Police in Lahore lifted the house arrest against opposition leader Benazir Bhutto Friday, allowing the former prime minister to go free for the first time since Tuesday.
The move came hours before Pakistani President Pervez Musharraf’s hand-picked caretaker government was to be sworn in.
Bhutto has called on Musharraf to step down and said negotiations between her Pakistan People’s Party (PPP) and him have hit a dead end.
Her remarks came Tuesday after Pakistani police surrounded the house where she is staying to prevent her from leading a Lahore-to-Islamabad march. Her supporters were also arrested.
Bhutto has entered into talks with her successor and rival, former Pakistani Prime Minister Nawaz Sharif, on forming an alliance against Musharraf. Sharif himself is exiled from Pakistan after Musharraf ousted him in a bloodless coup in 1999.
U.S. Deputy Secretary of State John Negroponte is scheduled to arrive in Pakistan on Friday for weekend meetings with Musharraf and other Pakistani officials.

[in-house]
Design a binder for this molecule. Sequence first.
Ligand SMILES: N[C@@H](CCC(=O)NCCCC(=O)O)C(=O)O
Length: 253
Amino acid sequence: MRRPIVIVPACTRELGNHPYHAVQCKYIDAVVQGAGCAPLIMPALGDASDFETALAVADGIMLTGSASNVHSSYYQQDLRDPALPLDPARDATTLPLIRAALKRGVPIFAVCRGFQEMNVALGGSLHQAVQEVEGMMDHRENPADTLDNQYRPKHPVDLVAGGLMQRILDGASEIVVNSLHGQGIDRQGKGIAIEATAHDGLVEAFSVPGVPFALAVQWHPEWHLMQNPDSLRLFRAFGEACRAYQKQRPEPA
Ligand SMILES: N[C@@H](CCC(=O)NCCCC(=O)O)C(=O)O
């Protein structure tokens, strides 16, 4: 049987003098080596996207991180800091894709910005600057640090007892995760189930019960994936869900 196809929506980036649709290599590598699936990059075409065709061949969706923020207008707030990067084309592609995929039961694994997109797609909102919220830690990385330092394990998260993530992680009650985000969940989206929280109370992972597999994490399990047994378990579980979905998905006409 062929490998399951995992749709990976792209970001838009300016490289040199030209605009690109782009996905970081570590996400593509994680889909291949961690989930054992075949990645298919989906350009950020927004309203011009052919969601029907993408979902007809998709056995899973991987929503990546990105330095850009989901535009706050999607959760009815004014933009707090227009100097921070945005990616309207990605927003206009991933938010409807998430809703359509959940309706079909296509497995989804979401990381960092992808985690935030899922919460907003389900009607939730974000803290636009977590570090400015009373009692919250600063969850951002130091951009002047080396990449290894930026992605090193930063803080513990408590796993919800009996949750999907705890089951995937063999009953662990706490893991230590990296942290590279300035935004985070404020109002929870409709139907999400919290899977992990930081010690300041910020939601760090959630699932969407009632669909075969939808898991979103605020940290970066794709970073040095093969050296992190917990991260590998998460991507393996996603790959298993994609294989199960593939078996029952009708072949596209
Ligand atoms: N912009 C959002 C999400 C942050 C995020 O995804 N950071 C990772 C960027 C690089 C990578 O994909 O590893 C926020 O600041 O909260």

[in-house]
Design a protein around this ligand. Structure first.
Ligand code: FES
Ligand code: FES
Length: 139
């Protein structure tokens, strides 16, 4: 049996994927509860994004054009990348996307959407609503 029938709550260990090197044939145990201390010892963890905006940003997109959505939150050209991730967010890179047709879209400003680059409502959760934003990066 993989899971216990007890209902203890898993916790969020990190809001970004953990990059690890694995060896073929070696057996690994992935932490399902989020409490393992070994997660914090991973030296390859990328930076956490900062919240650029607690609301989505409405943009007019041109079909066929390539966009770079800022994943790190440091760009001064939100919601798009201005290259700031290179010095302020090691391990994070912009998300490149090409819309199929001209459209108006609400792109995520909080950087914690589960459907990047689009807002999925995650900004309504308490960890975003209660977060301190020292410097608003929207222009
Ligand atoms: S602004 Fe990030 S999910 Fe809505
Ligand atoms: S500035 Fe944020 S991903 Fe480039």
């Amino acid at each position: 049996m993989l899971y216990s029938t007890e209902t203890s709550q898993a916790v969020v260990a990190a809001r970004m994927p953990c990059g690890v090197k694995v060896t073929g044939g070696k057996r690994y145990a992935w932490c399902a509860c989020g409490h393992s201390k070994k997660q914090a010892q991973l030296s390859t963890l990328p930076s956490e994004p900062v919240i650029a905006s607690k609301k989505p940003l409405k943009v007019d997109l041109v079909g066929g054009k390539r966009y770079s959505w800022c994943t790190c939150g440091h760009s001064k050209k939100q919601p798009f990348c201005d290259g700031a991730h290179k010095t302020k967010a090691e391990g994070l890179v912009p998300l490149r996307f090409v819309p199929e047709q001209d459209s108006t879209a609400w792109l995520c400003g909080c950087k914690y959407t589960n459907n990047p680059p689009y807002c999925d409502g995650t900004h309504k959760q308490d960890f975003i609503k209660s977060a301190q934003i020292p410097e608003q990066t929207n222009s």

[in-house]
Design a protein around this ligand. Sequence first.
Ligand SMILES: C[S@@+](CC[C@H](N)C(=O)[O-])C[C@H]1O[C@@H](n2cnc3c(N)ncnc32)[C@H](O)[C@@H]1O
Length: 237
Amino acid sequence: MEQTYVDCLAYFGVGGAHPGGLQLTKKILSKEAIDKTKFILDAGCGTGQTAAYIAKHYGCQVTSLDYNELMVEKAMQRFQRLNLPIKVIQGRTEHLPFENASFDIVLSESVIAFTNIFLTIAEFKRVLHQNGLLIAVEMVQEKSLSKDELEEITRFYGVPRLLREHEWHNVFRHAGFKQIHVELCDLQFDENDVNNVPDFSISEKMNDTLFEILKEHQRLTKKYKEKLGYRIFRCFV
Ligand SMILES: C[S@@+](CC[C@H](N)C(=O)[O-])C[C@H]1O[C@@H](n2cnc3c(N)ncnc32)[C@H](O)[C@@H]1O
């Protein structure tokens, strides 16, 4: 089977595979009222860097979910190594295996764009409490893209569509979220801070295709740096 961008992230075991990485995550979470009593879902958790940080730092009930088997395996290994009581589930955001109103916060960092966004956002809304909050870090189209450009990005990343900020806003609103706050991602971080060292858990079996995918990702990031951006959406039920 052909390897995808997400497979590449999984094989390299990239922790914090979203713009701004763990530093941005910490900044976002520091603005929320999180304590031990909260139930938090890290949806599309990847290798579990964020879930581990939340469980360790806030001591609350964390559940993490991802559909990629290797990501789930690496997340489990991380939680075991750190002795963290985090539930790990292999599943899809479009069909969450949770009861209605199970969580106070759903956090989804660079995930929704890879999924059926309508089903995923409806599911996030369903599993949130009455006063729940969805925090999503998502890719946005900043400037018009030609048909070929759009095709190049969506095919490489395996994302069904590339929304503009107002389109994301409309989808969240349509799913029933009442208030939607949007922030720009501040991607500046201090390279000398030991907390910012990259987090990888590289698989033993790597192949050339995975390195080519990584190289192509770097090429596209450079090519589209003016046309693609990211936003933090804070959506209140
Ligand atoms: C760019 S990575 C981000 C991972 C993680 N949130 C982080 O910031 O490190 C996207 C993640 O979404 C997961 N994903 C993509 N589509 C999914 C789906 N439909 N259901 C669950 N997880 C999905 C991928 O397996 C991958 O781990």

Negroponte will convey to Musharraf how seriously the United States views his imposition of emergency rule and will suggest he rescind it, senior U.S. State Department officials told CNN.
Late Thursday, Pakistan’s government-run media announced that Musharraf had appointed his allies to the caretaker government that will oversee upcoming parliamentary elections — despite a pledge to include “people of a neutral band.”
Leading the interim Cabinet will be newly installed Prime Minister Mohammad Mian Soomro, who previously served as chairman of the Senate — a key post because the Senate chairman is acting president when Musharraf is outside the country.
Asked Wednesday if he would include members of the opposition in the caretaker government, Musharraf was vague in an interview with The Associated Press, saying “we are looking into names (from opposition parties).”